One writer with whom I worked cried foul when I insisted her attempts to be clever by using wordplay that made no sense needed to go. She wailed I was going to destroy the book because this sort of thing was what her readers expected. It was her “voice.” Understand, when her wordplay worked, it was terrific, but sometimes it was painfully contrived, and those latter were the instances I requested she either revise or delete.

Both of these instances are cases of writers using mechanical means to achieve what they mistakenly believe to be their unique voice. Yet, neither has anything to do with voice. They are style matters, in the first case, and narrative structure, in the second.

Voice isn’t something you can manufacture. it’s a reflection of who you are as a writer. Dean Koontz and Stephen King both write in the same genre, yet given an anonymous excerpt from both men to read you would immediately know the two pieces weren’t written by the same person. That’s voice.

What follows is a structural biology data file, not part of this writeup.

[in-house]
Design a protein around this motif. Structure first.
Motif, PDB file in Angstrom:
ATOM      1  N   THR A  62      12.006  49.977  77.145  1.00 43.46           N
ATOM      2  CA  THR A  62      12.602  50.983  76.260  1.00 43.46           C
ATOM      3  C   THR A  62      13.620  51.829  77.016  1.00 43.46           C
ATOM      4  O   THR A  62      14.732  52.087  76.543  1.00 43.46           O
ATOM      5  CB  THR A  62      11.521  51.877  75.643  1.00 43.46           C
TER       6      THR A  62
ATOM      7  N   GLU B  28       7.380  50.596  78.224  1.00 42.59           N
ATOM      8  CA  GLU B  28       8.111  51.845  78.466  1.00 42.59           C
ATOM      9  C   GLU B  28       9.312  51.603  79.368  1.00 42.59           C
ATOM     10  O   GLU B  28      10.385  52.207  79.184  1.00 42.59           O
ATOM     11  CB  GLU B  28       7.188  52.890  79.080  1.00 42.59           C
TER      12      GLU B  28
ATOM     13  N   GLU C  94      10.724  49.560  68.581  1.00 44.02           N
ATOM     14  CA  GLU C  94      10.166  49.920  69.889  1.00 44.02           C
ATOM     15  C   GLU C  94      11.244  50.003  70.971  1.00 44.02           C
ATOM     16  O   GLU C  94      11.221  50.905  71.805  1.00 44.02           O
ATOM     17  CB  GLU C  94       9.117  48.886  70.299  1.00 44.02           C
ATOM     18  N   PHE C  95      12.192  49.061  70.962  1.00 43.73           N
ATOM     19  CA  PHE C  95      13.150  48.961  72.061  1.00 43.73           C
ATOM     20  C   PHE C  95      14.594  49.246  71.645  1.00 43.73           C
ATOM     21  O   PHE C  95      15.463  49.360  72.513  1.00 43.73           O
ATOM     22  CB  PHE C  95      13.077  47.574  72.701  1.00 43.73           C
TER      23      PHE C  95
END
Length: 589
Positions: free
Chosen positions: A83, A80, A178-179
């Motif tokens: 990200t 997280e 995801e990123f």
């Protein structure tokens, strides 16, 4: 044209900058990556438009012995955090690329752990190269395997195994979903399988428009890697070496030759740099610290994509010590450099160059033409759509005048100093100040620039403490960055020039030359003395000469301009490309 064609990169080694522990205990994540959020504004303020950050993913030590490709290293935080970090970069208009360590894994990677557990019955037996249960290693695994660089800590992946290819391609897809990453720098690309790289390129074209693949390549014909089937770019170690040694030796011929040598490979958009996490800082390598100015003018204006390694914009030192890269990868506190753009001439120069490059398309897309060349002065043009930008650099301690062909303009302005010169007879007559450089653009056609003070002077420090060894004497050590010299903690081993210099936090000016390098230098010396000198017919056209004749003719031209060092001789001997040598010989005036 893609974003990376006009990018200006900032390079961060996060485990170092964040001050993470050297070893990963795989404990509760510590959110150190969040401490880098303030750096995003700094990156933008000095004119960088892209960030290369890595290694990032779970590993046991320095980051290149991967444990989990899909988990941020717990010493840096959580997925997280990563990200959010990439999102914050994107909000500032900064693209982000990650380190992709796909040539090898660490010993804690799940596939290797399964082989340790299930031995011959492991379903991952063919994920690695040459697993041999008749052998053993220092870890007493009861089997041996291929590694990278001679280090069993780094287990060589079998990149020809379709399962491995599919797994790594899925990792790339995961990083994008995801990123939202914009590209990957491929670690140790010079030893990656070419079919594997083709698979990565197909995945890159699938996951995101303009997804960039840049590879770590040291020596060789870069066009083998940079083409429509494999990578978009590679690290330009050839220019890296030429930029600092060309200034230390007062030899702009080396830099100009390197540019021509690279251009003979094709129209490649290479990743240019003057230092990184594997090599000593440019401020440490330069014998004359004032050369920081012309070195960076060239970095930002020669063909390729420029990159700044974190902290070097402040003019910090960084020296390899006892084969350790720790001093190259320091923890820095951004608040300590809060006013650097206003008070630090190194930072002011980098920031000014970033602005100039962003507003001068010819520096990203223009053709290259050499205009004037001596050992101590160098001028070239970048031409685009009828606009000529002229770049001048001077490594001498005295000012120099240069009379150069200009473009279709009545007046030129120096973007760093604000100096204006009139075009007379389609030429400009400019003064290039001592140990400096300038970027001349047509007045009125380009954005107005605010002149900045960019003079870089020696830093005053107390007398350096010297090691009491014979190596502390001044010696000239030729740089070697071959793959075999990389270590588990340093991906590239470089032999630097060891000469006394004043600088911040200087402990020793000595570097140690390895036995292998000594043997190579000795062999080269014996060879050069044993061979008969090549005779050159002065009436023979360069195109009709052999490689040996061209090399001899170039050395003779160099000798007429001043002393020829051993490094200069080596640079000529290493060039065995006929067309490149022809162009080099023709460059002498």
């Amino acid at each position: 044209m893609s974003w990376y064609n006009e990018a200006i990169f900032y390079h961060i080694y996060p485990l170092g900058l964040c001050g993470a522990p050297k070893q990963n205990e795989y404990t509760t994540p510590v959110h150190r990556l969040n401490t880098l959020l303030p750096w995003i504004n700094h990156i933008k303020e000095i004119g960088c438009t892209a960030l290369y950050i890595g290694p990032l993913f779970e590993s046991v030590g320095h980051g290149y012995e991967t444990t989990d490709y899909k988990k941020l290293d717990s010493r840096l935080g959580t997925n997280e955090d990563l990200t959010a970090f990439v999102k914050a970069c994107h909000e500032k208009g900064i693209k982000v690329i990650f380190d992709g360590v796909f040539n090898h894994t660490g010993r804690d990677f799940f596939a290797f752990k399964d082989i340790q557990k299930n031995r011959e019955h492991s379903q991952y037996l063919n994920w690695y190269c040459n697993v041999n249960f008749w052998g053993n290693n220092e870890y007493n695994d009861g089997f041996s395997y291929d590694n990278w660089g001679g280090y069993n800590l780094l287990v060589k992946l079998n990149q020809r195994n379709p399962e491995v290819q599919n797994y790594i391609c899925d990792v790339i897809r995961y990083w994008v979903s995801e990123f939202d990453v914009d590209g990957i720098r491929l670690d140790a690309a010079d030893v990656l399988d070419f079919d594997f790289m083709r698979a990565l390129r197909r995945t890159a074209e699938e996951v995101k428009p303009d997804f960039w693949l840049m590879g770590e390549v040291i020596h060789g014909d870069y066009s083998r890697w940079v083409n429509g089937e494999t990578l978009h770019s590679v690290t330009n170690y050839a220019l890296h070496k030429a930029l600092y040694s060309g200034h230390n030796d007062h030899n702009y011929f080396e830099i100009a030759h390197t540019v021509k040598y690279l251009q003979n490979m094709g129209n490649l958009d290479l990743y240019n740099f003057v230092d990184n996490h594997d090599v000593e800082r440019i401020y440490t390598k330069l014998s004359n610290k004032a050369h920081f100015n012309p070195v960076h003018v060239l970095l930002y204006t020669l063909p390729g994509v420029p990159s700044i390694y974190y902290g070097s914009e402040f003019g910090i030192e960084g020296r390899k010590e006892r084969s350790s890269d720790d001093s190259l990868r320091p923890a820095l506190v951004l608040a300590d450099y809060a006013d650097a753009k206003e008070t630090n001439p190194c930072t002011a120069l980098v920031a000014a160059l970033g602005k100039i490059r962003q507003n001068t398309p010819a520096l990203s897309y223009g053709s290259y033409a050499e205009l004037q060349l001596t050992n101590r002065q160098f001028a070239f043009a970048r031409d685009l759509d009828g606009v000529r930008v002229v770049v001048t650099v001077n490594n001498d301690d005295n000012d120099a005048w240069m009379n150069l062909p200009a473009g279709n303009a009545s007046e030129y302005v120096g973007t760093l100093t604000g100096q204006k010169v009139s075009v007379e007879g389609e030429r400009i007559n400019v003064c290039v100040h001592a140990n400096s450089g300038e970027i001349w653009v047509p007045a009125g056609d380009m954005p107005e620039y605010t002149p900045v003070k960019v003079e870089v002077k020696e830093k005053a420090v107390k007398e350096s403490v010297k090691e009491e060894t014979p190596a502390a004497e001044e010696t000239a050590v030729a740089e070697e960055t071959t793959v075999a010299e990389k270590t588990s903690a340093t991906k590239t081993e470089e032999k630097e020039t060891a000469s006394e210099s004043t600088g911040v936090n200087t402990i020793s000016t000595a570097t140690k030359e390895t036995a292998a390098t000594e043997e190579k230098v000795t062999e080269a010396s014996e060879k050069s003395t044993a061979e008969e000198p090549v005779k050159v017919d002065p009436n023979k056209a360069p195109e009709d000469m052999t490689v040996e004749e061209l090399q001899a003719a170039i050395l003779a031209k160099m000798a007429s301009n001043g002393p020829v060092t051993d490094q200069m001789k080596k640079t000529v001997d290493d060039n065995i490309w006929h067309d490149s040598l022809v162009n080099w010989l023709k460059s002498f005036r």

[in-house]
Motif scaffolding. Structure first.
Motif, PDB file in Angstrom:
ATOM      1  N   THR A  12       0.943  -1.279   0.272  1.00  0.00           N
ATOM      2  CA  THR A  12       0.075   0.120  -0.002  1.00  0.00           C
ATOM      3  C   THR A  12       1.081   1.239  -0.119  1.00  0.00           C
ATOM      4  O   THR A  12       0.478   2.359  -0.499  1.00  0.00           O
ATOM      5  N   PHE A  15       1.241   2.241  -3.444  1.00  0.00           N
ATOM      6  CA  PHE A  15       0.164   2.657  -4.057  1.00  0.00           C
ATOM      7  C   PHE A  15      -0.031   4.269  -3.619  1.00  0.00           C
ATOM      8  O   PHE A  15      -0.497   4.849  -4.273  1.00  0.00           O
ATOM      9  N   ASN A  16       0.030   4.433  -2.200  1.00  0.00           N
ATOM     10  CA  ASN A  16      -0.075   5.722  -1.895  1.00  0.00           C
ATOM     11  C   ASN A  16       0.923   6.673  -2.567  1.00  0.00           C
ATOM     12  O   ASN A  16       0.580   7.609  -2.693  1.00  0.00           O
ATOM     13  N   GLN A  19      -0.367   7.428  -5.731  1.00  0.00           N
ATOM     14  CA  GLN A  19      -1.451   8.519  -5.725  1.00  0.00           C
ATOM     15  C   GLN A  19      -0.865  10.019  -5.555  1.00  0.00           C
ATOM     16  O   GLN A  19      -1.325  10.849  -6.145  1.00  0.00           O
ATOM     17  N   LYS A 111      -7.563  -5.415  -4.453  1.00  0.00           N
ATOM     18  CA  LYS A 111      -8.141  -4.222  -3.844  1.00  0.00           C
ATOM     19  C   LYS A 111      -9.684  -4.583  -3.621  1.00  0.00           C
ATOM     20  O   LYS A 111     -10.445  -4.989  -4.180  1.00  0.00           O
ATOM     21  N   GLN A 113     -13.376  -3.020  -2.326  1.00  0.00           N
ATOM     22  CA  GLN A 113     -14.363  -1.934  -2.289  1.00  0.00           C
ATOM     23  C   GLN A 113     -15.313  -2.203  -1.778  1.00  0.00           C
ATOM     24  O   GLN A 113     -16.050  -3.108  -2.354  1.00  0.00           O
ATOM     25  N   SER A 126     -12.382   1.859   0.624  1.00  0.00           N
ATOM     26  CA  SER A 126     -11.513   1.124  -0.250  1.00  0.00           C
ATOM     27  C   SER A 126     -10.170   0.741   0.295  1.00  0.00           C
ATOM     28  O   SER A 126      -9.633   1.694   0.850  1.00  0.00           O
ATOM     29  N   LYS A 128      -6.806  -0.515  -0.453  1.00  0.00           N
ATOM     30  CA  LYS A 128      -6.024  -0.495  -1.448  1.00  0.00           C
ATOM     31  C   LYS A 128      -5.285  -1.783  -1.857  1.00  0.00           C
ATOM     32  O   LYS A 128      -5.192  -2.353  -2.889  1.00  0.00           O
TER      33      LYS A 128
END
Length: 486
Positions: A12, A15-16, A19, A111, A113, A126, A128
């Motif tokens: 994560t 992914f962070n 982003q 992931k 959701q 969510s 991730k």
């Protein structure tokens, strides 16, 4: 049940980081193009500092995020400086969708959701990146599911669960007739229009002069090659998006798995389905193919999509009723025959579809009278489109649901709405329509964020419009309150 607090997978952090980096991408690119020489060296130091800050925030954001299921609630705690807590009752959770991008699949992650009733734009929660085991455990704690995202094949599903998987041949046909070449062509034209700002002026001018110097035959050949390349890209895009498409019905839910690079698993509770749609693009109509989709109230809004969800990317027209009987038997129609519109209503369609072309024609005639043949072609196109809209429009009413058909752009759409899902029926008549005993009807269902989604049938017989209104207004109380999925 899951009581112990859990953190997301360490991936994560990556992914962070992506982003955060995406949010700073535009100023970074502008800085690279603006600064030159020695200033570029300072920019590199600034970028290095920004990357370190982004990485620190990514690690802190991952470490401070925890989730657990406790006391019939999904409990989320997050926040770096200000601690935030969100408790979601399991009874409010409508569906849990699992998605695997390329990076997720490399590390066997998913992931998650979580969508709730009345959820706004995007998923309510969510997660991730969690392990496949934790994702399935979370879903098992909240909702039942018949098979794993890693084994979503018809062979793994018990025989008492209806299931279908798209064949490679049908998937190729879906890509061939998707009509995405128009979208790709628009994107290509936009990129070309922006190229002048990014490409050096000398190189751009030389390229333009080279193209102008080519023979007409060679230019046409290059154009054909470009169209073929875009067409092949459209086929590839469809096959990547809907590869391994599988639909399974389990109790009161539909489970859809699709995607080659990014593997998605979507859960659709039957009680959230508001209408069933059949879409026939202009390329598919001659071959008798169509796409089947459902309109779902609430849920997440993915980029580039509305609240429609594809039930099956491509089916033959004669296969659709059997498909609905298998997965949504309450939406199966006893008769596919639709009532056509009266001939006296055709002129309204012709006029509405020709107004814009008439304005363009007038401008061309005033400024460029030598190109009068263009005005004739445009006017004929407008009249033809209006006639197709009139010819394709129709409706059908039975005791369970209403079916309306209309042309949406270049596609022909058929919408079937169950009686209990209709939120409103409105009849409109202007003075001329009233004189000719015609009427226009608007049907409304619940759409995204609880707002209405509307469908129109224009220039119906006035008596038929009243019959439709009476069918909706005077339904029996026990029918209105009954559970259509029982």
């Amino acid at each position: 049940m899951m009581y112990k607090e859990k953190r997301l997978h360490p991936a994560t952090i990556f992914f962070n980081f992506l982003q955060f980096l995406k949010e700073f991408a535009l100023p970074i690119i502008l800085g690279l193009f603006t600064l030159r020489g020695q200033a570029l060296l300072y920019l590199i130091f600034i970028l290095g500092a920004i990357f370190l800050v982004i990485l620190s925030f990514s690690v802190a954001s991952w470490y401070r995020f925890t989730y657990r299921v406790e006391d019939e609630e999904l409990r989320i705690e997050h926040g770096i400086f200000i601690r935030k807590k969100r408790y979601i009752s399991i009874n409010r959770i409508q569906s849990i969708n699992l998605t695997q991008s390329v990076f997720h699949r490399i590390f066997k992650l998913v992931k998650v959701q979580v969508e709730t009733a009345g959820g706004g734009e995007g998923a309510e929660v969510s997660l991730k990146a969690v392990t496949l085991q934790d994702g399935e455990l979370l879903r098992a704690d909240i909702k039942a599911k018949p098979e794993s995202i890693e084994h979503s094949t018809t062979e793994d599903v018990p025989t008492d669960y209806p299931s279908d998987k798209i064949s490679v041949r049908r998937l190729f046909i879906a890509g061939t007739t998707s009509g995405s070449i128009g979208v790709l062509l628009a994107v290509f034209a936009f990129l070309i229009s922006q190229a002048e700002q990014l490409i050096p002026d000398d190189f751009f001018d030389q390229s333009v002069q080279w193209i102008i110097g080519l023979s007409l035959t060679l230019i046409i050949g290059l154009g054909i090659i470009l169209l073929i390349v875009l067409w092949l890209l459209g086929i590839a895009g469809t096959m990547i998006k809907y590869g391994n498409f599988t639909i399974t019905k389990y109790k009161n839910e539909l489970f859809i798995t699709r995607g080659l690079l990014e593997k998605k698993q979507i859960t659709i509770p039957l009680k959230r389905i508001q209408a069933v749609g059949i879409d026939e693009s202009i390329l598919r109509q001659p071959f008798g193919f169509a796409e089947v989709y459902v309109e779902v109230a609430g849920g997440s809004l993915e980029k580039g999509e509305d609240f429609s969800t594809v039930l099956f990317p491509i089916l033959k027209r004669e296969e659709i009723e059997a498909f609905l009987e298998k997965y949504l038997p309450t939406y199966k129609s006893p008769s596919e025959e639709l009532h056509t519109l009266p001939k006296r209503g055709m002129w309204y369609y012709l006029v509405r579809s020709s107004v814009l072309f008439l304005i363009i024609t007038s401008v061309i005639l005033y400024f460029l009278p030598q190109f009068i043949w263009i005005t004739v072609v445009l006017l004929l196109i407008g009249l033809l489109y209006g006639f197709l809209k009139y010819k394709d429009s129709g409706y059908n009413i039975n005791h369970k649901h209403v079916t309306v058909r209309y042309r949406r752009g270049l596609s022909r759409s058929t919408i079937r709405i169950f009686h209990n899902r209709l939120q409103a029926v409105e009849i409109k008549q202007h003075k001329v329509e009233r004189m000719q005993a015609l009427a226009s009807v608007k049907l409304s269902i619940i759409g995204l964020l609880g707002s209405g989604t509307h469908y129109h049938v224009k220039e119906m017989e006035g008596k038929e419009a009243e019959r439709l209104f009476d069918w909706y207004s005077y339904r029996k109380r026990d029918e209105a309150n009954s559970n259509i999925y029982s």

Writing an entire novel using simple sentences isn’t voice. It’s a style choice (and a bad one–your reader will be asleep by the end of page two). Clever wordplay is just that—-clever wordplay, not voice, and if your reader doesn’t “get it,” you’ve wasted your time. Refusing to use semi-colons has nothing to do with voice (and usually everything to do with the writer not knowing when to use them).

A beginning writer rarely has the experience and expertise to have found his or her voice. A writer who’s switching from nonfiction to fiction may have a voice but may also need to determine if the one they have is going to work in their new category. One of the most common problems I see with journalists and technical writers who essay fiction, for example, is that they can’t get out of “tell” mode.

 They don’t have any practice with being in a character’s head.

Hemingway brought the terse, spare journalistic style into his fiction, and for him it works. Likewise for Glen Cook’s Black Company fantasy novels. However, both use this style because it suits personality and content. However, the style is not their unique voice. No one will likely confuse Cook’s work with Papa’s, and not just because of the genre.